Kick Start Hemingway and Wells in Spain

Most people are familiar with Ernest Hemingway’s connection to Spain via bull fighting, fishing, or even the Spanish Civil War, but Orson Wells? He loved Spain  too, and his ashes are in the very air near Ronda. I had the opportunity to discover this factoid and channel the ghosts of the past in an intensive six-day Kick-Start-Your-Novel retreat in Malaga.

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The “New Bridge” in Ronda

So, what was it like to “Kick-Start” a novel? I cannot summarize it in a single blog post, but I can say I was totally outside my comfort zone as a writer. Guess what? I liked it.

The workshop/retreat started several weeks before I left for Spain. We, the participants, were instructed to write the summary of our novel in one page (or less). It also had to be new: not a work in progress. This sounded like something a plotter or outliner would do, not a pantser like me. I obliged. I had no idea what I was going to write, and what came out in my obligatory summary was a literary novel, part autobiography, part magic realism, and part “I think this really sucks!” It just got worse, but in a good way”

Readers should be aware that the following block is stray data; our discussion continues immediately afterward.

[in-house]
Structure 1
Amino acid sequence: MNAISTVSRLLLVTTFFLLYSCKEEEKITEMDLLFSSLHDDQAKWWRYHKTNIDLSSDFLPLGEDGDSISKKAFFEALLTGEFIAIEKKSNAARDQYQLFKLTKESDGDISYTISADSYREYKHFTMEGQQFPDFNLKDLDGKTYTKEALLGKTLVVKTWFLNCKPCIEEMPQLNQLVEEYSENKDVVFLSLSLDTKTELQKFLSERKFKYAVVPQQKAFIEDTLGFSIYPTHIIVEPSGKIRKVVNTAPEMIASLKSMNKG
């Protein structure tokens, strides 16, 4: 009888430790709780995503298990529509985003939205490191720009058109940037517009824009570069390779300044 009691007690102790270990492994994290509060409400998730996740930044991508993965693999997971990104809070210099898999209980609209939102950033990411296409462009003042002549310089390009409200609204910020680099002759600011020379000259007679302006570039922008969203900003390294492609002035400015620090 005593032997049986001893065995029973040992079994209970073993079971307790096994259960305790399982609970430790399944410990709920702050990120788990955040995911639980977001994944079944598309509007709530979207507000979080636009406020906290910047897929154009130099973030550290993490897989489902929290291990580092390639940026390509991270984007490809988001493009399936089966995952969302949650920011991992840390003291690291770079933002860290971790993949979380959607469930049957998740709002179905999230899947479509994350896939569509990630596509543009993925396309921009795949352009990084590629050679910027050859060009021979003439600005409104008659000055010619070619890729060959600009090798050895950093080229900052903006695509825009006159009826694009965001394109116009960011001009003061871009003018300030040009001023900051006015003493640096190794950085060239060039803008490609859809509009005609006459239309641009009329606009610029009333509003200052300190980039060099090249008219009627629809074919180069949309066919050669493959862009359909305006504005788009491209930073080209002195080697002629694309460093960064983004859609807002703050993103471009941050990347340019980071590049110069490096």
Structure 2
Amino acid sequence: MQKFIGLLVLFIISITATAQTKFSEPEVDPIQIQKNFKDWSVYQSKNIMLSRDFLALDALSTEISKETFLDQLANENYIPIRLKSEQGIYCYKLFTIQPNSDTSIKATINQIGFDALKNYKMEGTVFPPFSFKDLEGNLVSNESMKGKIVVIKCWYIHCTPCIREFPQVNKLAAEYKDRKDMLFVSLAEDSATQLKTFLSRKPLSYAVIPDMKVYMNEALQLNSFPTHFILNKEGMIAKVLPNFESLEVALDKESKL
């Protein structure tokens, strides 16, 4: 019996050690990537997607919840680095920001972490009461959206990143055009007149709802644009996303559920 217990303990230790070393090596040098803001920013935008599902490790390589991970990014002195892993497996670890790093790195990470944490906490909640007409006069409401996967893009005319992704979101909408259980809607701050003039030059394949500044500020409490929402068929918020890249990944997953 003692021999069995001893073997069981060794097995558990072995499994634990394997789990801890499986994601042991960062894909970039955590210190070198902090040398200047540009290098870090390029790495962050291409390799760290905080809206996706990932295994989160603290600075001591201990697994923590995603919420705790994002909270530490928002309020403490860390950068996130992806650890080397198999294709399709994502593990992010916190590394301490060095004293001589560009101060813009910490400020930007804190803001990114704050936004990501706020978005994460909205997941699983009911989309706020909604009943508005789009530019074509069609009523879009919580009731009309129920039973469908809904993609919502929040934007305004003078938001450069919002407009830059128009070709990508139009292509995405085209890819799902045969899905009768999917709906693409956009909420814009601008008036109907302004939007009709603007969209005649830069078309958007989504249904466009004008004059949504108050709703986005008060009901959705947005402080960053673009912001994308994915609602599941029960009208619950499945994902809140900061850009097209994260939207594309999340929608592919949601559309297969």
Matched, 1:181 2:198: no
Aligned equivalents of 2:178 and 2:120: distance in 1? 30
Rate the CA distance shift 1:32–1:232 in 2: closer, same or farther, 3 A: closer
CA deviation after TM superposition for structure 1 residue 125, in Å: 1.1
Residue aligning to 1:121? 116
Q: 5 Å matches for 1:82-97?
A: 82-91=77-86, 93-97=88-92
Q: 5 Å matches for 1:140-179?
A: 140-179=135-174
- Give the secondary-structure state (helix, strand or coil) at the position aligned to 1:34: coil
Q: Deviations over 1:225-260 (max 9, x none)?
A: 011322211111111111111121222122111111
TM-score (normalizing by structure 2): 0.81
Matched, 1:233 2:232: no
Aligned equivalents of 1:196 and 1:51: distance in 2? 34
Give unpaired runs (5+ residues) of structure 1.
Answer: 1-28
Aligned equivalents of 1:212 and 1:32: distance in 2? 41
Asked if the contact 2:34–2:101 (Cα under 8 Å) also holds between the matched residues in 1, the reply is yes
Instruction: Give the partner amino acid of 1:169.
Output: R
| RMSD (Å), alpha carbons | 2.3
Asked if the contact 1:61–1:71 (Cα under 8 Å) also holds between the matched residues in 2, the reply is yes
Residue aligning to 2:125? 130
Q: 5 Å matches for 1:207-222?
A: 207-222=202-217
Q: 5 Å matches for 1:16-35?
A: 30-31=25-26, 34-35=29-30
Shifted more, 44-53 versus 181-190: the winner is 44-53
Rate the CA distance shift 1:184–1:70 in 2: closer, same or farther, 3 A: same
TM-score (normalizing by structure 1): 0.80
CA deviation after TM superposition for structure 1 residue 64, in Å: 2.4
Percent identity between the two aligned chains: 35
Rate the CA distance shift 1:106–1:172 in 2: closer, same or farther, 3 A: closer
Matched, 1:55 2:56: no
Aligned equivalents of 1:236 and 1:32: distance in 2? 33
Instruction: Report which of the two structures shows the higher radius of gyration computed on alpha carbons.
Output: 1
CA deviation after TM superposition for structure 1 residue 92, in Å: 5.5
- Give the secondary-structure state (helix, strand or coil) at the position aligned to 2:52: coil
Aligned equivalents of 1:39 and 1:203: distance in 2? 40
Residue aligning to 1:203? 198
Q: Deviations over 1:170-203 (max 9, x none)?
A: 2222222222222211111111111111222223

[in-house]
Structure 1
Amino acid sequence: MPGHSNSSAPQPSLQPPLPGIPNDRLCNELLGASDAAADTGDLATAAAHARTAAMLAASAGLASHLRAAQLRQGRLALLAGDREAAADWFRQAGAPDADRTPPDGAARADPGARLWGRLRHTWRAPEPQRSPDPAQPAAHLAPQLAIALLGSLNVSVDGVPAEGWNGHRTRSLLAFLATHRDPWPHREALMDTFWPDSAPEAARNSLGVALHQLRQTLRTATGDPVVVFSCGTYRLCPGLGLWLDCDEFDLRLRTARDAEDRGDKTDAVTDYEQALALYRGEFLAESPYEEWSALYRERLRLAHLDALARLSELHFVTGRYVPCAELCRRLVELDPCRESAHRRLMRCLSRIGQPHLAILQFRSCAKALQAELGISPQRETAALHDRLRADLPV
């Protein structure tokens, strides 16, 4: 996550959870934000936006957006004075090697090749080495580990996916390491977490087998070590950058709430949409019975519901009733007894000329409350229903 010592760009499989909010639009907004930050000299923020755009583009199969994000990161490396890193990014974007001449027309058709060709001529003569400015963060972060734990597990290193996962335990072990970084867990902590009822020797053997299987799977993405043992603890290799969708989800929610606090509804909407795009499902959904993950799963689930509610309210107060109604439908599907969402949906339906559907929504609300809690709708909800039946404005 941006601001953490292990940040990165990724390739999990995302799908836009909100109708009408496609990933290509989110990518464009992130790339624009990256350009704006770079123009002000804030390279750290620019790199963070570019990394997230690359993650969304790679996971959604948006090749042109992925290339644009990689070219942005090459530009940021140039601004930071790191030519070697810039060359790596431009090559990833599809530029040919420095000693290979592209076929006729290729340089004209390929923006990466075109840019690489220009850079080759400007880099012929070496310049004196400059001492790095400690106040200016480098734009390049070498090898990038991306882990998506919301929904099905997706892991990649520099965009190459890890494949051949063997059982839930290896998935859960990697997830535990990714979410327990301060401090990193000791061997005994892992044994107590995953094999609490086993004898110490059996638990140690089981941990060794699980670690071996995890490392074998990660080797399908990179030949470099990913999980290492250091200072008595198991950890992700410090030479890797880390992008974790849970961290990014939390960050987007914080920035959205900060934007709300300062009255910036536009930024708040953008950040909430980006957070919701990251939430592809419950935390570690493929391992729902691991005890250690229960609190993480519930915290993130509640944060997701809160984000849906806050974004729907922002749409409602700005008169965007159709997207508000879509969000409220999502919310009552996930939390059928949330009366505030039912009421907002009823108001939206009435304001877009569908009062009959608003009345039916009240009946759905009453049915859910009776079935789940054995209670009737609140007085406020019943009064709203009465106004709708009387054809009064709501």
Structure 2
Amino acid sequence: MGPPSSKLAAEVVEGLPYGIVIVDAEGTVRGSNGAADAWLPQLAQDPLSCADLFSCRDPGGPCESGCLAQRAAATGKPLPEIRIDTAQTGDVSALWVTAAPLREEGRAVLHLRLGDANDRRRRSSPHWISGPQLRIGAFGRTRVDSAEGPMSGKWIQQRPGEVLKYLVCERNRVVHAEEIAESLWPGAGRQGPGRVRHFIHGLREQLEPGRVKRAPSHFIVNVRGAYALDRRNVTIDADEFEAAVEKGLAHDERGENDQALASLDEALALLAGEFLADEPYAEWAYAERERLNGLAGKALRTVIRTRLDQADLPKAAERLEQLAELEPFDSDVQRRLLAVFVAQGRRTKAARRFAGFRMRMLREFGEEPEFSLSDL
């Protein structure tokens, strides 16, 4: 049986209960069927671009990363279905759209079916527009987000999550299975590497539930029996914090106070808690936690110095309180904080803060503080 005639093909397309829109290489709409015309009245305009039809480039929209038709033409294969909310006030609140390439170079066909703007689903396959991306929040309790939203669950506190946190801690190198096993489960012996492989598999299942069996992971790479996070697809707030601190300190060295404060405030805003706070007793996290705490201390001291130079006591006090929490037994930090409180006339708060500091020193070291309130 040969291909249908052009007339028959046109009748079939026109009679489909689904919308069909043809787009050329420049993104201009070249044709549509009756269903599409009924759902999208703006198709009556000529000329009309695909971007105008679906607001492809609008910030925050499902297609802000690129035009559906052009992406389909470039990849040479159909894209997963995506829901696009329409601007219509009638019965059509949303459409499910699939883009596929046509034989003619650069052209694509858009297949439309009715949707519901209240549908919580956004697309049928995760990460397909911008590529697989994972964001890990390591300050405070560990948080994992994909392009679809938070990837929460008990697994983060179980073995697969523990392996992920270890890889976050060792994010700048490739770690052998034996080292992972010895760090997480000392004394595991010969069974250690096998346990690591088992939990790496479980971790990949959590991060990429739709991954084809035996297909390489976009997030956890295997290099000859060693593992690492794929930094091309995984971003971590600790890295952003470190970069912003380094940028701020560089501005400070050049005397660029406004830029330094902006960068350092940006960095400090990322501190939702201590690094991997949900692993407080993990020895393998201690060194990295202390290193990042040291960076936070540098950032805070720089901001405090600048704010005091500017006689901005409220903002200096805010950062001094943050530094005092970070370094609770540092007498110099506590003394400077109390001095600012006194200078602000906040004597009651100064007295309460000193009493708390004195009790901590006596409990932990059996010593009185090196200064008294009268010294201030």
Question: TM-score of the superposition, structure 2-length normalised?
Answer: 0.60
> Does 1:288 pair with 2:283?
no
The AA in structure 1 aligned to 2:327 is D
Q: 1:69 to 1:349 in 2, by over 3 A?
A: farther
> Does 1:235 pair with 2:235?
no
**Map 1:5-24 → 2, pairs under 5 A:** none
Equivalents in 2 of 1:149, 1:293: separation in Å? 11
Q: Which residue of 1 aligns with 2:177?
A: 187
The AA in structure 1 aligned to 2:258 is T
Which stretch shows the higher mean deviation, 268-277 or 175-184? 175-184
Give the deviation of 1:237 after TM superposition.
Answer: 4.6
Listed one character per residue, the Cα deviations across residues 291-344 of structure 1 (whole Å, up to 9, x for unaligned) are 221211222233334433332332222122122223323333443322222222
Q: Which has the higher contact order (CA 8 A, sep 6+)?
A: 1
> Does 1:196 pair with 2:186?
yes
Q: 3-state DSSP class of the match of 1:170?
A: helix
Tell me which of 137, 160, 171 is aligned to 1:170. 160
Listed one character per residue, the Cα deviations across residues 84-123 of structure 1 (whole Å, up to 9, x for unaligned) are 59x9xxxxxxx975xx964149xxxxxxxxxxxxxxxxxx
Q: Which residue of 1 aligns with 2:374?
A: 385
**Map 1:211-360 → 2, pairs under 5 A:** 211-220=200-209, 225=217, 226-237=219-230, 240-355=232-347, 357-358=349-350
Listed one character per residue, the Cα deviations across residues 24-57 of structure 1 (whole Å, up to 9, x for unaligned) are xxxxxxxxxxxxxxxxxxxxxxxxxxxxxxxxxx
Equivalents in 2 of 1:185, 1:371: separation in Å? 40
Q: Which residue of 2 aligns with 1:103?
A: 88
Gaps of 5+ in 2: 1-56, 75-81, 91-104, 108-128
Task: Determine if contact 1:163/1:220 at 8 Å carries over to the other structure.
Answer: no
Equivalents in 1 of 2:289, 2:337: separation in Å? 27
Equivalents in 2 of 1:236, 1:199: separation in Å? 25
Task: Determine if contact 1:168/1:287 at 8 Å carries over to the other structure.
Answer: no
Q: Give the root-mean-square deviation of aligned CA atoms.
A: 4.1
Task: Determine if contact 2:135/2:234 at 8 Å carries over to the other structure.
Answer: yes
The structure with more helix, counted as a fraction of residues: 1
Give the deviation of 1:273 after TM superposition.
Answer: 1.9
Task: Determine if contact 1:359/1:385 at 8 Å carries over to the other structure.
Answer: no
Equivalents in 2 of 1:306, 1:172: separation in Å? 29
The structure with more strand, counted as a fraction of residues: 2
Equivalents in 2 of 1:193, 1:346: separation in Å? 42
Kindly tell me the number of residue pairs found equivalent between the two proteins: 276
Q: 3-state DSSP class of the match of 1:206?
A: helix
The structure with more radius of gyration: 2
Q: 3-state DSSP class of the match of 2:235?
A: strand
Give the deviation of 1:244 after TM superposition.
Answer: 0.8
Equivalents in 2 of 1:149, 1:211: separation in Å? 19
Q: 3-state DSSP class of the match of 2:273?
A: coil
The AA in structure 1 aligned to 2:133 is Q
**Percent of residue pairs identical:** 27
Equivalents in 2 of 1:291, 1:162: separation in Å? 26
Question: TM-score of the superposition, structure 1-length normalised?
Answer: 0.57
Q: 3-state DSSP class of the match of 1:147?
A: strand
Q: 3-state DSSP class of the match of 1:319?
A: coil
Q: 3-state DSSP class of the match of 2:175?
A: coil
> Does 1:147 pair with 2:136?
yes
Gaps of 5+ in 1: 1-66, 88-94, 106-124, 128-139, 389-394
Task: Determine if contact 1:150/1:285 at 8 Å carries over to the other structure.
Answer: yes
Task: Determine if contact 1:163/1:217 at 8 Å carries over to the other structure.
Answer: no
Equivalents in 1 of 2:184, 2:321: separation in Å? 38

Day 1 – Write the Internal and External Conflict Resolution Scene. Did you just read that? I was supposed to write something that comes almost at the end of my novel, something just shy of the last page or two of Denouement. I can’t even pronounce Denouement correctly. Well… I did it… and worse… and things continued to go downhill to a stunning finish in the following order:

  • Fight Scene associated with the major conflict
  • Opening Scene – In Media Res
  • Emotional Scene a/w major conflict
  • Acceptance of the Quest Scene
  • Rewrite Emotional Scene from another POV
  • The Darkest Moment Scene
  • A Sizzling Sex Scene from the Opposite Sex POV

I know some of you are focusing on that last SSS – how could Scott write a sizzling sex scene from the female POV? Guess what, I did, and it was wonderful, and my classmates loved it, and it isn’t at all what you think it might be, was, is, etc… (stay tuned for more on that). El Duende visited my mind, my pen, and the page from the last to the first, Omega and Alpha.

The bottom line is I wrote the main parts of a novel in no chronological order. I broke free of my panster habit without really giving it up or having to embrace plotting or outlining. In fact, this was more pantser than anything I had ever done. For the first time, I actually felt good about the ending of a book before I had even wrote the book.  An unbelievable and freeing experience. Stay tuned for more on this event when I return to the states. Until next time, adieu, or should I say, nos vemos!

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Tausha Johnson, the author, Ina Lolescu, and Armando, the guide, in Ronda

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